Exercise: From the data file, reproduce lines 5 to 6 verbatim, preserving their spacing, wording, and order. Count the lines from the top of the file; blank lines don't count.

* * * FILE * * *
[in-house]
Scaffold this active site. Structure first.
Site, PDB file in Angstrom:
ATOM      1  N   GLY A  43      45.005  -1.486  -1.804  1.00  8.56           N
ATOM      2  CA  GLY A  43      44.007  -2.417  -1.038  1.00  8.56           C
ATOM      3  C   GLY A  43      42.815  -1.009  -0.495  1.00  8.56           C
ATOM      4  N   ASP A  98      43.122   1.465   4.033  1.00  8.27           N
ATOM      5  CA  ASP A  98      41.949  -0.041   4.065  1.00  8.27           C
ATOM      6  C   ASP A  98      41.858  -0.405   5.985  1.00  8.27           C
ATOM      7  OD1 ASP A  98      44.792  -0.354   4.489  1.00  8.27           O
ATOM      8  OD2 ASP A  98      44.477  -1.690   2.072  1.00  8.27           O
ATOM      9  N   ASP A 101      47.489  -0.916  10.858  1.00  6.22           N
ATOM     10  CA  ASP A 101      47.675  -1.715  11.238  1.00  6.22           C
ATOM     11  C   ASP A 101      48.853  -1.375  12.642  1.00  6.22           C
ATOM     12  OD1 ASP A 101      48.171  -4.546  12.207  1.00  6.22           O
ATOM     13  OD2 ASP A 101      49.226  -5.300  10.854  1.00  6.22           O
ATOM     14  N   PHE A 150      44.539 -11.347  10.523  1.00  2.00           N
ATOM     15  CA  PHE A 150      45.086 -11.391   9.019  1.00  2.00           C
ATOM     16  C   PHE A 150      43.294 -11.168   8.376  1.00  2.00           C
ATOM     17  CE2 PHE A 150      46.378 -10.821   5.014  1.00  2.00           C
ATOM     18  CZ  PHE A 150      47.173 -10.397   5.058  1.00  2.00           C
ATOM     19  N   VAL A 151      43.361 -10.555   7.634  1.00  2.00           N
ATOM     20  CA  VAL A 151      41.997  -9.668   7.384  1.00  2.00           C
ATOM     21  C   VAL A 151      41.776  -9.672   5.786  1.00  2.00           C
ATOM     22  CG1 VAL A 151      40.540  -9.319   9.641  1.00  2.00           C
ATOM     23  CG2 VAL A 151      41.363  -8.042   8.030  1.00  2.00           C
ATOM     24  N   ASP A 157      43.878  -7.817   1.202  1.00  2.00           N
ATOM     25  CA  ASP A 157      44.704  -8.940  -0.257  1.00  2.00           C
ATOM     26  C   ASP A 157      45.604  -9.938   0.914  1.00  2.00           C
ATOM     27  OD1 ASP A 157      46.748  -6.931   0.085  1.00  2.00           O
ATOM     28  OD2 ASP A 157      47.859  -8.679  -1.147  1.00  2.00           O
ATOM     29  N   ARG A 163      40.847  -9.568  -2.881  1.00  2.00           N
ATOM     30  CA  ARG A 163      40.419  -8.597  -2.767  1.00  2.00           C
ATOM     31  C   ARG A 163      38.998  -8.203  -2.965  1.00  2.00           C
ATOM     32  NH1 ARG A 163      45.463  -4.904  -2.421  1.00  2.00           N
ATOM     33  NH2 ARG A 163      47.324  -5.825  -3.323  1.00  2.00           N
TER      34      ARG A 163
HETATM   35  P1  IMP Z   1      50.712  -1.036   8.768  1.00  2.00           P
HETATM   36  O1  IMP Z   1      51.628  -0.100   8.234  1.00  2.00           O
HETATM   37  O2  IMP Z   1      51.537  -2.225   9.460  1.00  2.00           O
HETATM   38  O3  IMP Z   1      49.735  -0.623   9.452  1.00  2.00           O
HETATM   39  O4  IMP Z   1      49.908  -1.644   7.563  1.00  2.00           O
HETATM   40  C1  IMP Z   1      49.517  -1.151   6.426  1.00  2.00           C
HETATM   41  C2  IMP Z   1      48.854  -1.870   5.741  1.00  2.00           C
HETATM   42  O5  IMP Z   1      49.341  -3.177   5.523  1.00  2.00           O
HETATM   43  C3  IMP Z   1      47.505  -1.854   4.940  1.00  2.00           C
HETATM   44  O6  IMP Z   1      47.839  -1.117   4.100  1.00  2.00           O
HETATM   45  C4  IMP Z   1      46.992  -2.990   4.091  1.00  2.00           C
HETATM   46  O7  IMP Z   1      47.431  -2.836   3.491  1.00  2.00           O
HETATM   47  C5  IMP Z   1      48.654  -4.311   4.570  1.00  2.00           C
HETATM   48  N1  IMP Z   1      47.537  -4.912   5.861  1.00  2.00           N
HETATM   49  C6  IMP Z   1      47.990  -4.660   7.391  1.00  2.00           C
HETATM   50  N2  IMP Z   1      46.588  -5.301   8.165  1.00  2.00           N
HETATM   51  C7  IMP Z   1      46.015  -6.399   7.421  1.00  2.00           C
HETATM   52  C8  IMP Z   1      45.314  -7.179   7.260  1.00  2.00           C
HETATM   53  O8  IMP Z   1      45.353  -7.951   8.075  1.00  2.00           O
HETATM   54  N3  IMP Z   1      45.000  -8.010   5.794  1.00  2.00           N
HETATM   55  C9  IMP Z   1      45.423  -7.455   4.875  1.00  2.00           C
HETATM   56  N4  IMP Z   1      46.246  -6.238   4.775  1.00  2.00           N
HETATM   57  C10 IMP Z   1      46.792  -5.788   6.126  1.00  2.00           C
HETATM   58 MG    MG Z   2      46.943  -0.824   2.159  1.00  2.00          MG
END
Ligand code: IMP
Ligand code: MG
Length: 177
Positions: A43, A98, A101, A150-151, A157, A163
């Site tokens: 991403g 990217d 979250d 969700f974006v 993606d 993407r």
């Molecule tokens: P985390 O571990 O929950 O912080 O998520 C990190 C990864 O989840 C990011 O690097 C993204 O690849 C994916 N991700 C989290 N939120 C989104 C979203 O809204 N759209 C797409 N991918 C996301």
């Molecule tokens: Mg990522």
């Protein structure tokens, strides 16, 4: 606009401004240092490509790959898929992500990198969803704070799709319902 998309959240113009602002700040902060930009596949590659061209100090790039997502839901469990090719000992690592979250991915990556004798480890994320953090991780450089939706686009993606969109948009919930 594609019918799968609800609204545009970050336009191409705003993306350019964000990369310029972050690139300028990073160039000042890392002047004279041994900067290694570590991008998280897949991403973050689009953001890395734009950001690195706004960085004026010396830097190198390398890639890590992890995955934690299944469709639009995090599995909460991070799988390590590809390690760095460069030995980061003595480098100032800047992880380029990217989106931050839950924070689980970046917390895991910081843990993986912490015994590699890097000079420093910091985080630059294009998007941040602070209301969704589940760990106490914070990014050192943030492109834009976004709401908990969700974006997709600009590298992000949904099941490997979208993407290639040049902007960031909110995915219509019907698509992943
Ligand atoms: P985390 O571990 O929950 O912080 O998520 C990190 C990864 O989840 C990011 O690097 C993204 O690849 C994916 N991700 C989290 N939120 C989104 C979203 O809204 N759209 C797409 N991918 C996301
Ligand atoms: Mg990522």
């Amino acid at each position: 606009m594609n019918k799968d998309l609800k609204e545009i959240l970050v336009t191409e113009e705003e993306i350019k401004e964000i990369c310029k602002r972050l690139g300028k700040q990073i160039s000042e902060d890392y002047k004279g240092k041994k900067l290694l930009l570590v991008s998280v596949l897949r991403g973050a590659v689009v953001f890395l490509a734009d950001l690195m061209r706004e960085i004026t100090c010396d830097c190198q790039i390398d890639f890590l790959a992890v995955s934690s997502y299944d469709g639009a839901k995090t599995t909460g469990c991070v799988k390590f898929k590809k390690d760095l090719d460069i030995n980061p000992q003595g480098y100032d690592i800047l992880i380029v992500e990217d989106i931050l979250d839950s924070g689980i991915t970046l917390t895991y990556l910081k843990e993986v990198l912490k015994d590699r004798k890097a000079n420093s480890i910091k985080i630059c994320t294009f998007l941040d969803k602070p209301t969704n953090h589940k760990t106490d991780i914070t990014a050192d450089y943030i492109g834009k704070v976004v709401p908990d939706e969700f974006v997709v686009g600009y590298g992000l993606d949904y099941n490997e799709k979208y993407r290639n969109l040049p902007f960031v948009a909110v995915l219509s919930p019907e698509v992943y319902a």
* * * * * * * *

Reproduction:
ATOM      2  CA  GLY A  43      44.007  -2.417  -1.038  1.00  8.56           C
ATOM      3  C   GLY A  43      42.815  -1.009  -0.495  1.00  8.56           C